To improve the autofocus in live view mode of DSLRs to close the gap on Mirrorless. Some Canon DSLRs, notably the EOS 80D and EOS 7D Mark II (Dual Pixel AF) and EOS 750D / T6i and 760D / T6s (Hybrid CMOS AF) have hybrid AF using phase-detection pixels built into the sensor. It’s give the faster result but this technology is currently the exception for DSLRs rather than the rule.
While Mirrorless have to use sensor-based autofocus all the time. Although most of Mirrorless are contrast AF based, but these are much faster than equivalent contrast AF modes on DSLRs, partly due to the fact the lenses have been designed around this system.
Especially Mirrorless have advanced ‘hybrid’ AF systems combining contrast autofocus with phase-detection pixels on the sensor, for example Fuji X-T2 and Olympus OM-D E-M1 Mark II really impressing with not only their speed, but with the accuracy at which they can lock on and follow a moving subject – the one area where DSLRs have, until now, had a clear advantage.
6. Continuous shooting speed – DSLRs vs Mirrorless ↑
- DSLR: Theoretically the best DSLRs can no longer match the speeds of the best Mirrorless.
- Mirrorless: The mirrorless design makes it easier to add high-speed shooting.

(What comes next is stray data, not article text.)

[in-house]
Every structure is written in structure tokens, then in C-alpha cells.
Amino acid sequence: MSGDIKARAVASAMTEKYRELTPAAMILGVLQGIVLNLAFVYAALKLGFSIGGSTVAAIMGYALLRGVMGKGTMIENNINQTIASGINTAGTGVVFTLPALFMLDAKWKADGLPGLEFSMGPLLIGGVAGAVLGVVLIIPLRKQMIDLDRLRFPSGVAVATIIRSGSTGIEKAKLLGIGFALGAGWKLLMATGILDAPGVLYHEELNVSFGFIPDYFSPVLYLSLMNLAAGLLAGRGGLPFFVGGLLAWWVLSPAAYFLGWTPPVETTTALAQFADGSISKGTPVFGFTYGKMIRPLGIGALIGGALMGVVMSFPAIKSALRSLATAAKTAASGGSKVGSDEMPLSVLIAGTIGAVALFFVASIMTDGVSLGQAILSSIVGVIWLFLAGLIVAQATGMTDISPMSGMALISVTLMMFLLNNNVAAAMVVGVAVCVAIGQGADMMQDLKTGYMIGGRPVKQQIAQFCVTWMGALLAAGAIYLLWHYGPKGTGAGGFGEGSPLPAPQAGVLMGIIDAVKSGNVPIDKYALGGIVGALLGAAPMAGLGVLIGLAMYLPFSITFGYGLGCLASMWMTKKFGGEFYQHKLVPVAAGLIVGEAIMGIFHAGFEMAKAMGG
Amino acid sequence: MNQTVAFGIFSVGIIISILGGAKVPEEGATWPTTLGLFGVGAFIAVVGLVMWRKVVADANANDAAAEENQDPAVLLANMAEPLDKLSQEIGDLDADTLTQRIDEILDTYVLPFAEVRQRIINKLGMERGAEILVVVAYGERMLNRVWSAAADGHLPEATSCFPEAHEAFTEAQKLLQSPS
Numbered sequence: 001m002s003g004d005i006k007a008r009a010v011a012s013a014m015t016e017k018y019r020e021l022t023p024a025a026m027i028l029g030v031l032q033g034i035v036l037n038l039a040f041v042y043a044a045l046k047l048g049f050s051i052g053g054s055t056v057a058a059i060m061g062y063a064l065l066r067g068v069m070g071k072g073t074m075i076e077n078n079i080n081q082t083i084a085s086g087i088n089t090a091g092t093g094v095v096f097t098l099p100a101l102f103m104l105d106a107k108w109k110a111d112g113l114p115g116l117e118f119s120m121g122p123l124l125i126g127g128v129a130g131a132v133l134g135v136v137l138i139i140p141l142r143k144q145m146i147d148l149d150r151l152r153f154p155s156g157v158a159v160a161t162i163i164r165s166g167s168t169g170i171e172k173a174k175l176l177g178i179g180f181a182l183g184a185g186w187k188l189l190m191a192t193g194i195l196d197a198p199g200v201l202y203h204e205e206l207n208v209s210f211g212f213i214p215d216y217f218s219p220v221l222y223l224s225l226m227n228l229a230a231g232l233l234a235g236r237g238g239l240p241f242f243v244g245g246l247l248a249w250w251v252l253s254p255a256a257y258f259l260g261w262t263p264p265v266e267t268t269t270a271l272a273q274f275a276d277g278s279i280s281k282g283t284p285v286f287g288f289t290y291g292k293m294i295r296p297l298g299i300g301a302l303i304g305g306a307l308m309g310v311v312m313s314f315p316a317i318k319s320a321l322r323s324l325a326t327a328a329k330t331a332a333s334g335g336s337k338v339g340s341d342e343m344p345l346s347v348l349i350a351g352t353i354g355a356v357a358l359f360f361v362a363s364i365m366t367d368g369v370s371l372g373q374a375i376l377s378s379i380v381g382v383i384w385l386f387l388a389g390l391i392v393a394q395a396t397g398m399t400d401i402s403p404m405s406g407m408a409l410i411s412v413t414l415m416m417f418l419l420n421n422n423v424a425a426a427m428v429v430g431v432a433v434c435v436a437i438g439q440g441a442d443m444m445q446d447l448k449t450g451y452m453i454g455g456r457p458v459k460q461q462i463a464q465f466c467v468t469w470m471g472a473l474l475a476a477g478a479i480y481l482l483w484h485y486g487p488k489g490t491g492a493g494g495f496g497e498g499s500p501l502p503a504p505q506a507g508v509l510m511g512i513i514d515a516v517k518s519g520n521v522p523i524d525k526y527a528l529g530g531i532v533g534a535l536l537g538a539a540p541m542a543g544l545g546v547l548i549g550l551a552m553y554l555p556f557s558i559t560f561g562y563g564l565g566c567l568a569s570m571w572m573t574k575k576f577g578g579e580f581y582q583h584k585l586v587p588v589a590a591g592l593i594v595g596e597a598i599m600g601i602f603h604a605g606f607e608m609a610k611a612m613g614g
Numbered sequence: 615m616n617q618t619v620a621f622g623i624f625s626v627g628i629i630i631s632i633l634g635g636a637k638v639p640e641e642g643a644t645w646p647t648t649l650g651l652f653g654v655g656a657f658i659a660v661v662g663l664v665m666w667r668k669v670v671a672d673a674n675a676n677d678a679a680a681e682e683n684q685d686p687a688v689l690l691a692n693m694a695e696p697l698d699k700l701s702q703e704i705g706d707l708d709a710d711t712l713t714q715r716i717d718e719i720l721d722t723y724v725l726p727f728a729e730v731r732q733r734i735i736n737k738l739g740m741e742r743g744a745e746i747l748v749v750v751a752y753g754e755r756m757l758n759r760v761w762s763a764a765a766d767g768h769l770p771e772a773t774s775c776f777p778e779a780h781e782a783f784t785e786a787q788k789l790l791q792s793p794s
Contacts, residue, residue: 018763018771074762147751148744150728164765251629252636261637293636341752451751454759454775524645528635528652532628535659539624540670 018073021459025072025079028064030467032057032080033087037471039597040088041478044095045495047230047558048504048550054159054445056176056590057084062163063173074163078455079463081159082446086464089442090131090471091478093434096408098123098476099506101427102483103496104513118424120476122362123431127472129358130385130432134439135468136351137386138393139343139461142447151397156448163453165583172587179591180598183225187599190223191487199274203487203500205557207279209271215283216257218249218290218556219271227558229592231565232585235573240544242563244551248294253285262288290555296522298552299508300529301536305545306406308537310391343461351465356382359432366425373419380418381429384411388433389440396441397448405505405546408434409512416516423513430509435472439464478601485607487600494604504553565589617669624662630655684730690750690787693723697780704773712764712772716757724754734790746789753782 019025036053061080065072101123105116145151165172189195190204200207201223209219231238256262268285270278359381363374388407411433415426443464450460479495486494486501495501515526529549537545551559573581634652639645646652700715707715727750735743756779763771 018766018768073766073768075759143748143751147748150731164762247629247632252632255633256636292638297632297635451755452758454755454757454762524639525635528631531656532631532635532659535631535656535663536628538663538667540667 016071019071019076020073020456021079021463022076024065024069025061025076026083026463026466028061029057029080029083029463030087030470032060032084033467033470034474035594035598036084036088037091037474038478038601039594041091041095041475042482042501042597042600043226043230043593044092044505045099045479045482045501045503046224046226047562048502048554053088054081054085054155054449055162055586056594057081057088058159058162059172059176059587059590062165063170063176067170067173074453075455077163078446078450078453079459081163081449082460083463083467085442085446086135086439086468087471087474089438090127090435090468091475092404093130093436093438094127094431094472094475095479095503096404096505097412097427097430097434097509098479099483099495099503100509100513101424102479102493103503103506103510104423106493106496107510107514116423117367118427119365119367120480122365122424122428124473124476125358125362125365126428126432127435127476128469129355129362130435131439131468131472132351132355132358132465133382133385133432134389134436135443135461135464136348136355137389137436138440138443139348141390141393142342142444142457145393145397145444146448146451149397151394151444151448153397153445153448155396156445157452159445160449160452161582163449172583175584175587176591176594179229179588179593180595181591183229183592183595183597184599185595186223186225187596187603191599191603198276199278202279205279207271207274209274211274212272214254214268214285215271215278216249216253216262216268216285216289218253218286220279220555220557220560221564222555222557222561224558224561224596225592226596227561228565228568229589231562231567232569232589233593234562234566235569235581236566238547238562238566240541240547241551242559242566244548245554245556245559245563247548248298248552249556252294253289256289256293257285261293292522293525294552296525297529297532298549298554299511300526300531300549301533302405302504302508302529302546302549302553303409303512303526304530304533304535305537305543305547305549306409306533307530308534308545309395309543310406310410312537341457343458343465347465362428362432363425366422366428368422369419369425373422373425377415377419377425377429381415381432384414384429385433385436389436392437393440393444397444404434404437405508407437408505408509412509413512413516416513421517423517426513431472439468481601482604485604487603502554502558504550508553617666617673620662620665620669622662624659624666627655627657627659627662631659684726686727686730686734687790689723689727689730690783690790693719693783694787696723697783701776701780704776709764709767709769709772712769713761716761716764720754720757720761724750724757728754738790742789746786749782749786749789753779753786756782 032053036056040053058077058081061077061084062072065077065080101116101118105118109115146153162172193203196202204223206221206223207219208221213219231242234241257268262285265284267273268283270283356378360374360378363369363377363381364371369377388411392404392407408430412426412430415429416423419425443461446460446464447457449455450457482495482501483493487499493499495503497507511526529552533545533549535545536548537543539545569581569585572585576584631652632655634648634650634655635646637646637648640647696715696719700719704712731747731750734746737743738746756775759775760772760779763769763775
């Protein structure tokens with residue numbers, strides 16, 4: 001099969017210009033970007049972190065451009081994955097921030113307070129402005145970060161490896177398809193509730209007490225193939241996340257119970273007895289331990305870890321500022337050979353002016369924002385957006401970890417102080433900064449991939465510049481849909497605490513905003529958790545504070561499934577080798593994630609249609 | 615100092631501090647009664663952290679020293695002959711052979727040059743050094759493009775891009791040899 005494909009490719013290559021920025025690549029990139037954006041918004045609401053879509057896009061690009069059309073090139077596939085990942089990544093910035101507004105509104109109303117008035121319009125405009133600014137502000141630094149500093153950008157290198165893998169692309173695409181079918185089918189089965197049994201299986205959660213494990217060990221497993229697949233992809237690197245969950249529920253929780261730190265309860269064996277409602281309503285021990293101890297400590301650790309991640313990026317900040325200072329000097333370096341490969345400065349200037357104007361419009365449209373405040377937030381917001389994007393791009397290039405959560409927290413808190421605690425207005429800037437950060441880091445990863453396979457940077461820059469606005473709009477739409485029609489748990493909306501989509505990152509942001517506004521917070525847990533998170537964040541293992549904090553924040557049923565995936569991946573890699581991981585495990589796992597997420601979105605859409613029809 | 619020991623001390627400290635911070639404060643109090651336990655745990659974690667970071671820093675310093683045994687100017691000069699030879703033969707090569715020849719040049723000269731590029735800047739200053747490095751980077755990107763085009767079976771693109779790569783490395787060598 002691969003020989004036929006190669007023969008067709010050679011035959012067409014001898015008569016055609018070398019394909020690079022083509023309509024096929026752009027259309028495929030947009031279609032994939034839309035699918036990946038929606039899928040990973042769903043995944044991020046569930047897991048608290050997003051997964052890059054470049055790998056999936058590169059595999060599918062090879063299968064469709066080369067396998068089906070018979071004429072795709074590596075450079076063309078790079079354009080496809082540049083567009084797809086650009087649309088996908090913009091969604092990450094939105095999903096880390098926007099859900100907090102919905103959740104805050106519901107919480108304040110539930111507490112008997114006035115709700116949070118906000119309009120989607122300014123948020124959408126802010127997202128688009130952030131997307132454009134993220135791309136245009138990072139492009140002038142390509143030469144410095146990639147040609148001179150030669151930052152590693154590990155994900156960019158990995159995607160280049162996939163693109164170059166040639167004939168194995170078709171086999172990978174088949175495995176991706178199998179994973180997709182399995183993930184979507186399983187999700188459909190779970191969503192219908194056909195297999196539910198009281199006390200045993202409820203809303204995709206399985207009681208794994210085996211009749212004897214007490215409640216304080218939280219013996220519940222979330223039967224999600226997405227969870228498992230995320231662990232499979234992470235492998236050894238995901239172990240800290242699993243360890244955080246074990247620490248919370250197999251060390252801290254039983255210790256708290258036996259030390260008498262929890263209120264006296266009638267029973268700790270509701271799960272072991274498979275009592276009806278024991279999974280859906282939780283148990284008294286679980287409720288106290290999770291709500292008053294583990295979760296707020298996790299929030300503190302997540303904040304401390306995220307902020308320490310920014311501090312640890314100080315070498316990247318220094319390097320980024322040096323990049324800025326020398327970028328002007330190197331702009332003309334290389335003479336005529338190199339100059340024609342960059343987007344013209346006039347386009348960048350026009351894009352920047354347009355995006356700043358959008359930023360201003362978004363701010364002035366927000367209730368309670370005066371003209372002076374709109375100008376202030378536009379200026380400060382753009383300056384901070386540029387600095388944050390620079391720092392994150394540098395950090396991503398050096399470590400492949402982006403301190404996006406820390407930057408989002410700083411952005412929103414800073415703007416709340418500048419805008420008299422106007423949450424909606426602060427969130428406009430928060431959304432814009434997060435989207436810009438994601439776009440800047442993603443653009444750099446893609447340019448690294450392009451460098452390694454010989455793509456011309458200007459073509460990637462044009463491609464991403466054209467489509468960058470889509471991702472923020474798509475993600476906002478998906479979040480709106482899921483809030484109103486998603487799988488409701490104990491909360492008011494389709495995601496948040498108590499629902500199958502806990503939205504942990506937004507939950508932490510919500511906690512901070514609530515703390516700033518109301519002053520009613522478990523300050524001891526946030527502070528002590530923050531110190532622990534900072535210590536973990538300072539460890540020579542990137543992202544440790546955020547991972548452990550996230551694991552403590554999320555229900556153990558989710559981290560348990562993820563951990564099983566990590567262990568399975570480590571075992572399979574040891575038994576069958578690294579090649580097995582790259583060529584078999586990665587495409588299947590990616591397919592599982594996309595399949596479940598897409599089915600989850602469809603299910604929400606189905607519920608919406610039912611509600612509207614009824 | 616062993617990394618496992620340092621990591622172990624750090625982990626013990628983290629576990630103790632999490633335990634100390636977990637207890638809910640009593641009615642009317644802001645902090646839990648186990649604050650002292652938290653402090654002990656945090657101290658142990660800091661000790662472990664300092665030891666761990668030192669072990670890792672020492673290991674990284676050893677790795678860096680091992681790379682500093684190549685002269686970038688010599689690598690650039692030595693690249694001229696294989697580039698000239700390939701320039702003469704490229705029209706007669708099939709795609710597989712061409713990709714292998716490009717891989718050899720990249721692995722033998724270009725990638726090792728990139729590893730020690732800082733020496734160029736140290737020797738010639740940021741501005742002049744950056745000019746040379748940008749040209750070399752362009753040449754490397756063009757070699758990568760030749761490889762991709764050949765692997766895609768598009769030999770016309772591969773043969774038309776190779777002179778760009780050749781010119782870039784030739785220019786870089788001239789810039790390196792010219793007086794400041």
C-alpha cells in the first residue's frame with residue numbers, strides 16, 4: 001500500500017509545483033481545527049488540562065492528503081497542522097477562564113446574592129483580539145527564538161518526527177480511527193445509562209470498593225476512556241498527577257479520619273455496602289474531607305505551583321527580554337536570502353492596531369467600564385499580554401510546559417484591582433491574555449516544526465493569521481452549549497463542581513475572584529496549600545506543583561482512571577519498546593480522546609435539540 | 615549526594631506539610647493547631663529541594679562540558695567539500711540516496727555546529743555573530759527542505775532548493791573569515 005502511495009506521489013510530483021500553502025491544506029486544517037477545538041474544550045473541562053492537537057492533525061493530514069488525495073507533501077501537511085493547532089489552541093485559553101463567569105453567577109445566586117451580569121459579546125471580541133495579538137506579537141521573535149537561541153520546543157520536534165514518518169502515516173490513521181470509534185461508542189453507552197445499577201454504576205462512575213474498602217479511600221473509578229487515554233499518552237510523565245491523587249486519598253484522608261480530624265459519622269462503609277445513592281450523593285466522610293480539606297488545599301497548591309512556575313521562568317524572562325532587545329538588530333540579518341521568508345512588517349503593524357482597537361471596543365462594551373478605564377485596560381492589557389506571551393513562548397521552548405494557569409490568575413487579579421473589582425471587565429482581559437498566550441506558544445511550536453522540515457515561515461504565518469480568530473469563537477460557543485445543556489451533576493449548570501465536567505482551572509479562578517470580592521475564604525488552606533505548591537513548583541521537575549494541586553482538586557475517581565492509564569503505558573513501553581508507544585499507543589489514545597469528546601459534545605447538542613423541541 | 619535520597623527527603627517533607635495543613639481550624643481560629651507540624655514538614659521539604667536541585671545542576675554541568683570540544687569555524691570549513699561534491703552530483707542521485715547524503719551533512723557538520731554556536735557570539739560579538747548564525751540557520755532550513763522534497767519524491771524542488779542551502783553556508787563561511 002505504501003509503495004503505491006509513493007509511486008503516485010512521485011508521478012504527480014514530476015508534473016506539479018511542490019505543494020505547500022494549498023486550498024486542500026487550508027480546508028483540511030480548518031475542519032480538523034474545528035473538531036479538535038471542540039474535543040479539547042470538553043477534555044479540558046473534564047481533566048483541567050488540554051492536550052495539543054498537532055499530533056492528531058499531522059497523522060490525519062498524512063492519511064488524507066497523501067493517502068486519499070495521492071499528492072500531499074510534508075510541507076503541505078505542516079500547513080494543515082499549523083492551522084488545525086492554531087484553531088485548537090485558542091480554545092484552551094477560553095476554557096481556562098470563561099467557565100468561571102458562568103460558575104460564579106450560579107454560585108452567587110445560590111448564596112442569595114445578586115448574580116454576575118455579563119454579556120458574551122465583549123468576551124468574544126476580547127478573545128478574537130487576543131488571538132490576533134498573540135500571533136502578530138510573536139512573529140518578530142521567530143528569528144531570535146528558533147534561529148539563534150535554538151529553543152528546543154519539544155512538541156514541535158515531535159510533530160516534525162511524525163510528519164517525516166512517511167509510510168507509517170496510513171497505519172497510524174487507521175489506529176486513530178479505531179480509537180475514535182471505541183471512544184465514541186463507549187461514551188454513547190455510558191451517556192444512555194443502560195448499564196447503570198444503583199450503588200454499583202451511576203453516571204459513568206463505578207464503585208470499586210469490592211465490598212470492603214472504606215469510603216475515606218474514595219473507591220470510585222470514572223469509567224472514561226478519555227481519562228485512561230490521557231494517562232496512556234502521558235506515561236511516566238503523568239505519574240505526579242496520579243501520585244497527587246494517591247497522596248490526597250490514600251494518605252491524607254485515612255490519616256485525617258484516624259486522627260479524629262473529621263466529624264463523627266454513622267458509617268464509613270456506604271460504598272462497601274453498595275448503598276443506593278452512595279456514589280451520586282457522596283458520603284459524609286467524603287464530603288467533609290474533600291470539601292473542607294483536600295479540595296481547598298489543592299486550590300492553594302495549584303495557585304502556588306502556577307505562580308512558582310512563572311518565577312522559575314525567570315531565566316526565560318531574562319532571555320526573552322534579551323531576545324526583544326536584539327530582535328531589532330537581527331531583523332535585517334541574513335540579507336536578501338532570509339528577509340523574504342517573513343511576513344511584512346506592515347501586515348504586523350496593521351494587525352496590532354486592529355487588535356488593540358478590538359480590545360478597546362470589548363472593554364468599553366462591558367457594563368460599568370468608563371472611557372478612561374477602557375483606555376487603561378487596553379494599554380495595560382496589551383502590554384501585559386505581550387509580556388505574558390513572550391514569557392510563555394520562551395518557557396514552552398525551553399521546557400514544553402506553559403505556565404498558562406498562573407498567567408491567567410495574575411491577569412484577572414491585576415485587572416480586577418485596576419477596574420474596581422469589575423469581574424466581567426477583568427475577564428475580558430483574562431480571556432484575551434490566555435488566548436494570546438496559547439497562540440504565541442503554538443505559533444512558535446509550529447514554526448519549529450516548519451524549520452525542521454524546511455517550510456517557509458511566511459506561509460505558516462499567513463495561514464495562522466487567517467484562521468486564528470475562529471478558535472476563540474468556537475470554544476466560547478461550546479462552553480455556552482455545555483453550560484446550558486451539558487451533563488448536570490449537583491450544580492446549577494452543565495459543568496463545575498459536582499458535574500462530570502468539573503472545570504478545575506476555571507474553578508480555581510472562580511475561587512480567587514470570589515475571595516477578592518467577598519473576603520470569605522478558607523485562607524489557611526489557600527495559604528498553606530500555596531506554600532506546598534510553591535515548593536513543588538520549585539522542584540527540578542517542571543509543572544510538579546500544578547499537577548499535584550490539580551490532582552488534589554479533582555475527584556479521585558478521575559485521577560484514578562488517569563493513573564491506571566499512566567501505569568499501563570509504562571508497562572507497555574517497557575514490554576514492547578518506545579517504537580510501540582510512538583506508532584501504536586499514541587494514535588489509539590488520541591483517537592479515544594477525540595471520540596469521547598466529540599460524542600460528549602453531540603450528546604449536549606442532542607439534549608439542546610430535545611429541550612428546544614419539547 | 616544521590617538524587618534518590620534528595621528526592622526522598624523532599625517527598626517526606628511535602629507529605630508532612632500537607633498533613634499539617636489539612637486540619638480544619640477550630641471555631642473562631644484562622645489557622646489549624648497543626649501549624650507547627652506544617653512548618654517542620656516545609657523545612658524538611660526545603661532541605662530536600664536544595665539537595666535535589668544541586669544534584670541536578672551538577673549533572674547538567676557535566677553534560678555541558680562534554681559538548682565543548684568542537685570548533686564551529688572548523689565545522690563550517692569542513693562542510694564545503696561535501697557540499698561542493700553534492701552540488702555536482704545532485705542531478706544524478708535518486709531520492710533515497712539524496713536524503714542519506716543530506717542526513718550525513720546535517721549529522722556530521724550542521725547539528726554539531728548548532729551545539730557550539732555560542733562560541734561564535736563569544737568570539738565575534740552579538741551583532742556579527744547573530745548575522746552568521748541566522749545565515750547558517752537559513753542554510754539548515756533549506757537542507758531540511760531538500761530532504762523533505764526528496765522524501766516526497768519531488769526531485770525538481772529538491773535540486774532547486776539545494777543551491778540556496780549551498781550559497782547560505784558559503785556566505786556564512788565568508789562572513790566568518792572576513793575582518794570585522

The mirrorless system means there are fewer moving parts. So if you need a fast continuous shooting mode to capture action shots, mirrorless cameras are streaking ahead here. And another advantage is many models are now pushing ahead into 4K video – this demands serious processing power, which helps with continuous shooting too.
An example DSLRs vs Mirrorless conitnous shooting, Canon’s top professional DSLR, the EOS-1D X Mark II, can shoot at 14 frames per second, but the mirrorless Olympus OM-D E-M1 Mark II can shoot at staggering 60fps.
7. Image Sensor – DSLRs vs Mirrorless ↑
- DSLR: Using the latest and best state of the art APS-C or full-frame sensors.
- Mirrorless: Using the same sensors, but there are also smaller formats for even smaller cameras.
It’s quite difficult to compare image quality between DSLRs vs Mirrorless. Currently, the highest resolution is in a DSLR, the 50MP chip nestled inside the Canon EOS 5Ds, but the 42.5MP Sony Alpha A7R II isn’t far behind.
The main factor in image quality is sensor size. Full-frame sensors are the biggest and offer the best quality, while cameras with APS-C sensors are almost as just good and much cheaper – and you can get either of these size sensors in both DSLRs and CSCs.